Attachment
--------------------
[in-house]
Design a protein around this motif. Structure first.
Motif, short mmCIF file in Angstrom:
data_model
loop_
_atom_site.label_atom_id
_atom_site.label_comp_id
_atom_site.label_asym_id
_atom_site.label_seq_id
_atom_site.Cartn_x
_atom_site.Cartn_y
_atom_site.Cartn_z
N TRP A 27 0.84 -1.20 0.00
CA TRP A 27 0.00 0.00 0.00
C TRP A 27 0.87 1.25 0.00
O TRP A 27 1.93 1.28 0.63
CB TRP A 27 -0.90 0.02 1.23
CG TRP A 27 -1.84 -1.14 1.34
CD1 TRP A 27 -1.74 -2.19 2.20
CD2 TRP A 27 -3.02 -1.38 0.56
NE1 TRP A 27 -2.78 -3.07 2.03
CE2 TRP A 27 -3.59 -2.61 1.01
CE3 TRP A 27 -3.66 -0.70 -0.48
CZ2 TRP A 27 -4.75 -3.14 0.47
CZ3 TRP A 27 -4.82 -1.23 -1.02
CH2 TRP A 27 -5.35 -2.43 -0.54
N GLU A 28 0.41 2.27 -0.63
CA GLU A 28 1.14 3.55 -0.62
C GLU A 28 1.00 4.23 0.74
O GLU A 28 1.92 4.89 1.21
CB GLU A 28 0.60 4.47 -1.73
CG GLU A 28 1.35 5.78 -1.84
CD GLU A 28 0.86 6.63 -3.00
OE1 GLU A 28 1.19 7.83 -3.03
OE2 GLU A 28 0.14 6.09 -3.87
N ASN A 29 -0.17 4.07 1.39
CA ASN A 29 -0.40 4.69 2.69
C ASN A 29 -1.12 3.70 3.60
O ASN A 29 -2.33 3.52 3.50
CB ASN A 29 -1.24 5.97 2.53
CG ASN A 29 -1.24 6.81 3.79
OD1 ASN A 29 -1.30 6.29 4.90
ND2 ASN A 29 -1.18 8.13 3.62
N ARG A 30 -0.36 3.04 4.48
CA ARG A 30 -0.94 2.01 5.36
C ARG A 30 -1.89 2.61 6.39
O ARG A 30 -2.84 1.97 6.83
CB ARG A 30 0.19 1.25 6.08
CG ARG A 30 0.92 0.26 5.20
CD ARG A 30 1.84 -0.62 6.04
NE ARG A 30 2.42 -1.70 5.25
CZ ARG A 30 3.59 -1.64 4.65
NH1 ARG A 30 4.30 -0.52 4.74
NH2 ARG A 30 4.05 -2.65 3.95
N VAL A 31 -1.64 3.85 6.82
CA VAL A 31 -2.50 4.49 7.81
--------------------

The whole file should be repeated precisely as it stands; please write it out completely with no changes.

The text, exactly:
[in-house]
Design a protein around this motif. Structure first.
Motif, short mmCIF file in Angstrom:
data_model
loop_
_atom_site.label_atom_id
_atom_site.label_comp_id
_atom_site.label_asym_id
_atom_site.label_seq_id
_atom_site.Cartn_x
_atom_site.Cartn_y
_atom_site.Cartn_z
N TRP A 27 0.84 -1.20 0.00
CA TRP A 27 0.00 0.00 0.00
C TRP A 27 0.87 1.25 0.00
O TRP A 27 1.93 1.28 0.63
CB TRP A 27 -0.90 0.02 1.23
CG TRP A 27 -1.84 -1.14 1.34
CD1 TRP A 27 -1.74 -2.19 2.20
CD2 TRP A 27 -3.02 -1.38 0.56
NE1 TRP A 27 -2.78 -3.07 2.03
CE2 TRP A 27 -3.59 -2.61 1.01
CE3 TRP A 27 -3.66 -0.70 -0.48
CZ2 TRP A 27 -4.75 -3.14 0.47
CZ3 TRP A 27 -4.82 -1.23 -1.02
CH2 TRP A 27 -5.35 -2.43 -0.54
N GLU A 28 0.41 2.27 -0.63
CA GLU A 28 1.14 3.55 -0.62
C GLU A 28 1.00 4.23 0.74
O GLU A 28 1.92 4.89 1.21
CB GLU A 28 0.60 4.47 -1.73
CG GLU A 28 1.35 5.78 -1.84
CD GLU A 28 0.86 6.63 -3.00
OE1 GLU A 28 1.19 7.83 -3.03
OE2 GLU A 28 0.14 6.09 -3.87
N ASN A 29 -0.17 4.07 1.39
CA ASN A 29 -0.40 4.69 2.69
C ASN A 29 -1.12 3.70 3.60
O ASN A 29 -2.33 3.52 3.50
CB ASN A 29 -1.24 5.97 2.53
CG ASN A 29 -1.24 6.81 3.79
OD1 ASN A 29 -1.30 6.29 4.90
ND2 ASN A 29 -1.18 8.13 3.62
N ARG A 30 -0.36 3.04 4.48
CA ARG A 30 -0.94 2.01 5.36
C ARG A 30 -1.89 2.61 6.39
O ARG A 30 -2.84 1.97 6.83
CB ARG A 30 0.19 1.25 6.08
CG ARG A 30 0.92 0.26 5.20
CD ARG A 30 1.84 -0.62 6.04
NE ARG A 30 2.42 -1.70 5.25
CZ ARG A 30 3.59 -1.64 4.65
NH1 ARG A 30 4.30 -0.52 4.74
NH2 ARG A 30 4.05 -2.65 3.95
N VAL A 31 -1.64 3.85 6.82
CA VAL A 31 -2.50 4.49 7.81